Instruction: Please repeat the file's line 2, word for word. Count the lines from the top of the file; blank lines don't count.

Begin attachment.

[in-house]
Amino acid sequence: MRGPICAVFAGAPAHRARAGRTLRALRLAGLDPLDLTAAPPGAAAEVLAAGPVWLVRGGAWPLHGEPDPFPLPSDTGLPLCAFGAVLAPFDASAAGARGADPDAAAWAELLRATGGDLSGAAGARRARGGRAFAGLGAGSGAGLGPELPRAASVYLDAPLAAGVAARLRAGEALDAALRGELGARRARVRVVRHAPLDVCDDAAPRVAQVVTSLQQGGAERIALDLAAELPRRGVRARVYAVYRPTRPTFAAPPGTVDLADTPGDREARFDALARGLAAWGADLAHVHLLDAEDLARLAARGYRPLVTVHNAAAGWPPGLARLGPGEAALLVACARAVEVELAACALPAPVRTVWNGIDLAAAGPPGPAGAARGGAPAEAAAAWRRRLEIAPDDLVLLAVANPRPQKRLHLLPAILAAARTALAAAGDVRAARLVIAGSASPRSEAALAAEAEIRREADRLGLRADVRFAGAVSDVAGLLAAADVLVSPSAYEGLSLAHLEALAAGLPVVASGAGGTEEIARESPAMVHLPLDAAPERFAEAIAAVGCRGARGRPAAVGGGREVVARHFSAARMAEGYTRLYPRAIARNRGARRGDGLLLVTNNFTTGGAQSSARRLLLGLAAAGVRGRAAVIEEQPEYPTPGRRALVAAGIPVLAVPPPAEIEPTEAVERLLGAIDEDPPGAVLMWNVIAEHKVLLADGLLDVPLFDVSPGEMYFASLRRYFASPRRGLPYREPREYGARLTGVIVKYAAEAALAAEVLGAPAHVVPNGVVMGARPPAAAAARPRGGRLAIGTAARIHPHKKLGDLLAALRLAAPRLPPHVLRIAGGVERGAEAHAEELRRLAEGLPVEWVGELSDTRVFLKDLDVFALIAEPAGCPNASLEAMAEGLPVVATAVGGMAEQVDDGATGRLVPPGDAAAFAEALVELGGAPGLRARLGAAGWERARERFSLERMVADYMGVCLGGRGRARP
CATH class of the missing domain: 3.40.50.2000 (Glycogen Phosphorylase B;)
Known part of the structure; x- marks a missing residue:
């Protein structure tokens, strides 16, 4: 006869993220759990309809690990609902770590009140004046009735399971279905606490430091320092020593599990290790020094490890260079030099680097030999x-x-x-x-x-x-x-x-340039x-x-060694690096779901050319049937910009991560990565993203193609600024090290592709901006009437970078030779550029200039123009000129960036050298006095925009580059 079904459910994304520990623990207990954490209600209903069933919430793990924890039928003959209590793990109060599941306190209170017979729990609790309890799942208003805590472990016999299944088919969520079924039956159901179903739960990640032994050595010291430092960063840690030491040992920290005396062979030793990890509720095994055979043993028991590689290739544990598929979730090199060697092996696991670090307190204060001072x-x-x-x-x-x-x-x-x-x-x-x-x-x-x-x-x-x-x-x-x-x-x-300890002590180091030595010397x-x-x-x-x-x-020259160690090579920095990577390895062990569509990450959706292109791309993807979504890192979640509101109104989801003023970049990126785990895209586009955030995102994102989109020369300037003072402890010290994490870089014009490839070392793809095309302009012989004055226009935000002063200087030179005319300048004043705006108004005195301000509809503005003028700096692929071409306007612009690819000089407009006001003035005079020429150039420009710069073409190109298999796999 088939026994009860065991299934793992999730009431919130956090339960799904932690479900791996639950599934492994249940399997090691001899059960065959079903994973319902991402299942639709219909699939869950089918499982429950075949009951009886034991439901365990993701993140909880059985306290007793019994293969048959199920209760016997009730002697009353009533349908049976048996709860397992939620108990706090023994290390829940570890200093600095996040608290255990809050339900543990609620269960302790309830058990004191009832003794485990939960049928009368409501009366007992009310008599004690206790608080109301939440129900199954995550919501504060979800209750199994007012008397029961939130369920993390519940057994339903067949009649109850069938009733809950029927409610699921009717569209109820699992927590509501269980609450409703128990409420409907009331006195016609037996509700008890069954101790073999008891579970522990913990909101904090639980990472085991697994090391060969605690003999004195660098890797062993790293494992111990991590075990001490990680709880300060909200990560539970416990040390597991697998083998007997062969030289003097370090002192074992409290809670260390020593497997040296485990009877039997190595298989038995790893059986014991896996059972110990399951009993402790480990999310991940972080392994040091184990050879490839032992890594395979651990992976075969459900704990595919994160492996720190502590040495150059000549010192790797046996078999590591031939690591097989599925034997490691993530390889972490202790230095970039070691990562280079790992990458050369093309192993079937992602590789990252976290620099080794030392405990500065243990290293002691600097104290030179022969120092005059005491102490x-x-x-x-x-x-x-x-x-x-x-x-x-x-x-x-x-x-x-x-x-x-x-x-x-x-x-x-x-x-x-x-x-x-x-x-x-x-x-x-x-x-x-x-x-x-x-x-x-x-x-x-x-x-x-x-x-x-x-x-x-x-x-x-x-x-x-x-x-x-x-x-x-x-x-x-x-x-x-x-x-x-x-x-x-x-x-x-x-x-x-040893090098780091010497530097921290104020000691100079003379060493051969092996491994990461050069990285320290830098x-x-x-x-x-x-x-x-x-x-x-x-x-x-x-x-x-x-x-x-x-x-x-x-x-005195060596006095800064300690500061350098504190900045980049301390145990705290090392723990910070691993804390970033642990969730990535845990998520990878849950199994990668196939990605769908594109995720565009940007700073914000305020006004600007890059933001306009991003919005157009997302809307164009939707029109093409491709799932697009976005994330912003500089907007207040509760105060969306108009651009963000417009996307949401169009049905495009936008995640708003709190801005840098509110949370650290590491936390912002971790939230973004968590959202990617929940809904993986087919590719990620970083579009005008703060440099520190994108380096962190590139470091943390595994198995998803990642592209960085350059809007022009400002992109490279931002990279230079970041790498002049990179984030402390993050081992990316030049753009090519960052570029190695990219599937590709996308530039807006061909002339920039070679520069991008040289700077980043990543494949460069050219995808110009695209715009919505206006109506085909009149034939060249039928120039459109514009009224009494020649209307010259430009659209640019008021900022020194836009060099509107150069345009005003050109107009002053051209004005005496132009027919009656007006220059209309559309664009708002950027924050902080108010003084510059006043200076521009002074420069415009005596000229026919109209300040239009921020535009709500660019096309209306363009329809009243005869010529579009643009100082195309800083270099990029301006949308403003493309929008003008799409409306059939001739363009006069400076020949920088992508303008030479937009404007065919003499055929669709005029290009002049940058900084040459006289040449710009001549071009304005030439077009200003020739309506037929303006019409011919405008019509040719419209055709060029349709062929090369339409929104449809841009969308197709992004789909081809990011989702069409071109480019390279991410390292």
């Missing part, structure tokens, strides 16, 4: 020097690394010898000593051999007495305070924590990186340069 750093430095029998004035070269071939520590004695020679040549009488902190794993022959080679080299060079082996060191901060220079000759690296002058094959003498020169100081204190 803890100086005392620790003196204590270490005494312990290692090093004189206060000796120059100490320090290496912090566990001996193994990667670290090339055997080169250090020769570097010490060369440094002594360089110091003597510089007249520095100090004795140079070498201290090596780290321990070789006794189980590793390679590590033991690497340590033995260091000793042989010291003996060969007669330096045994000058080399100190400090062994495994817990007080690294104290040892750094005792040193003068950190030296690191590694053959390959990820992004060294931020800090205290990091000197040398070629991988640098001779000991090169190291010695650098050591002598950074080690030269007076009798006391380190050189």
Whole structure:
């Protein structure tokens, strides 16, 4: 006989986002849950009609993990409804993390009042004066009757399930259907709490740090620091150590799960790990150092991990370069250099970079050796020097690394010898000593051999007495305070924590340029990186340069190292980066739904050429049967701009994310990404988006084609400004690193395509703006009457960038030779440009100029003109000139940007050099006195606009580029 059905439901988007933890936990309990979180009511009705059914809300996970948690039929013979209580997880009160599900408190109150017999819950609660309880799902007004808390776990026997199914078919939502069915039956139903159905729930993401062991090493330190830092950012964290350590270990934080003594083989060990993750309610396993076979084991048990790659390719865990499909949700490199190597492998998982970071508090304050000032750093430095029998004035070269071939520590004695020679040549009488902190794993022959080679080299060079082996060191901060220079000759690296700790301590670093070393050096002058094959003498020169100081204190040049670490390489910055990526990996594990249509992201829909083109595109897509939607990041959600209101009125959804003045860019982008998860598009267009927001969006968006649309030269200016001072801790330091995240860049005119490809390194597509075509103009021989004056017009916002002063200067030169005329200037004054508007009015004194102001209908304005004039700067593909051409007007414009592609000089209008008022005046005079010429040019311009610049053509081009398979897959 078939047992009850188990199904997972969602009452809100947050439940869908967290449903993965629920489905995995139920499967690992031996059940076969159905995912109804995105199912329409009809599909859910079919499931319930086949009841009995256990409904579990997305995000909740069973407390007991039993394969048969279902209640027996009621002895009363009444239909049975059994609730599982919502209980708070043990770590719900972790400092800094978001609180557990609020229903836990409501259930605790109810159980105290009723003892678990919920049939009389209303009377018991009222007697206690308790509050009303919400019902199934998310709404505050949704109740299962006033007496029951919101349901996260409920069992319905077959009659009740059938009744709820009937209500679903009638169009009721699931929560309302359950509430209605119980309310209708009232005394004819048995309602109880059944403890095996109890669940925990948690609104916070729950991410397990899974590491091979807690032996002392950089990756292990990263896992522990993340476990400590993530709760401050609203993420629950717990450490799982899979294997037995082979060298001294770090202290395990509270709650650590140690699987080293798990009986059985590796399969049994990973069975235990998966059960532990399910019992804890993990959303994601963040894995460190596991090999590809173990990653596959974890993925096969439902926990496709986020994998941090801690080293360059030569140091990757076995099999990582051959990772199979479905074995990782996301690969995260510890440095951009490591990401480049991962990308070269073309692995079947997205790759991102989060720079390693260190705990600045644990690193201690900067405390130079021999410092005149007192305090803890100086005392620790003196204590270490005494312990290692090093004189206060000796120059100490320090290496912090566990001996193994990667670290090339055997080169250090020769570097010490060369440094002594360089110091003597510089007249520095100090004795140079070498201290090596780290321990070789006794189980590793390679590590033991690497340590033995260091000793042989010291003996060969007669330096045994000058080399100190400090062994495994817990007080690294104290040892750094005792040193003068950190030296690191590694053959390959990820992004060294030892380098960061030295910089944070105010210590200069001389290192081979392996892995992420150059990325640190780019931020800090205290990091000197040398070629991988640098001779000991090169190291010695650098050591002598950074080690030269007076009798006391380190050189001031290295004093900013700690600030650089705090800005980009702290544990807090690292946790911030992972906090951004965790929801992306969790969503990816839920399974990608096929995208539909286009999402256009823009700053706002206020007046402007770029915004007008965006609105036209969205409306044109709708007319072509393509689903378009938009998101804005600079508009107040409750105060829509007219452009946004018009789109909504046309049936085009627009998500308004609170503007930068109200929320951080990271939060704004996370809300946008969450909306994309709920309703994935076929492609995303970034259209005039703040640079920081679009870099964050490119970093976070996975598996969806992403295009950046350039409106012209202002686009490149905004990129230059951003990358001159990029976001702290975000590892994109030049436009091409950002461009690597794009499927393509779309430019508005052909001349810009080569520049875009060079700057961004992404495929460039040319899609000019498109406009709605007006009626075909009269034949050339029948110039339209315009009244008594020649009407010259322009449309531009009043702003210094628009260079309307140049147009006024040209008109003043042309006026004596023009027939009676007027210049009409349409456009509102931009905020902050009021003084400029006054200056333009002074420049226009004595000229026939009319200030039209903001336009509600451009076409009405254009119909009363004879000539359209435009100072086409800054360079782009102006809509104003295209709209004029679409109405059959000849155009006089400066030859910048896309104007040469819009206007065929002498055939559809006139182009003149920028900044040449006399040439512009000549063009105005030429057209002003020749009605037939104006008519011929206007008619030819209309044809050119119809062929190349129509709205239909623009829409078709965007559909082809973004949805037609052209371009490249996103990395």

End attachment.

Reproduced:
Amino acid sequence: MRGPICAVFAGAPAHRARAGRTLRALRLAGLDPLDLTAAPPGAAAEVLAAGPVWLVRGGAWPLHGEPDPFPLPSDTGLPLCAFGAVLAPFDASAAGARGADPDAAAWAELLRATGGDLSGAAGARRARGGRAFAGLGAGSGAGLGPELPRAASVYLDAPLAAGVAARLRAGEALDAALRGELGARRARVRVVRHAPLDVCDDAAPRVAQVVTSLQQGGAERIALDLAAELPRRGVRARVYAVYRPTRPTFAAPPGTVDLADTPGDREARFDALARGLAAWGADLAHVHLLDAEDLARLAARGYRPLVTVHNAAAGWPPGLARLGPGEAALLVACARAVEVELAACALPAPVRTVWNGIDLAAAGPPGPAGAARGGAPAEAAAAWRRRLEIAPDDLVLLAVANPRPQKRLHLLPAILAAARTALAAAGDVRAARLVIAGSASPRSEAALAAEAEIRREADRLGLRADVRFAGAVSDVAGLLAAADVLVSPSAYEGLSLAHLEALAAGLPVVASGAGGTEEIARESPAMVHLPLDAAPERFAEAIAAVGCRGARGRPAAVGGGREVVARHFSAARMAEGYTRLYPRAIARNRGARRGDGLLLVTNNFTTGGAQSSARRLLLGLAAAGVRGRAAVIEEQPEYPTPGRRALVAAGIPVLAVPPPAEIEPTEAVERLLGAIDEDPPGAVLMWNVIAEHKVLLADGLLDVPLFDVSPGEMYFASLRRYFASPRRGLPYREPREYGARLTGVIVKYAAEAALAAEVLGAPAHVVPNGVVMGARPPAAAAARPRGGRLAIGTAARIHPHKKLGDLLAALRLAAPRLPPHVLRIAGGVERGAEAHAEELRRLAEGLPVEWVGELSDTRVFLKDLDVFALIAEPAGCPNASLEAMAEGLPVVATAVGGMAEQVDDGATGRLVPPGDAAAFAEALVELGGAPGLRARLGAAGWERARERFSLERMVADYMGVCLGGRGRARP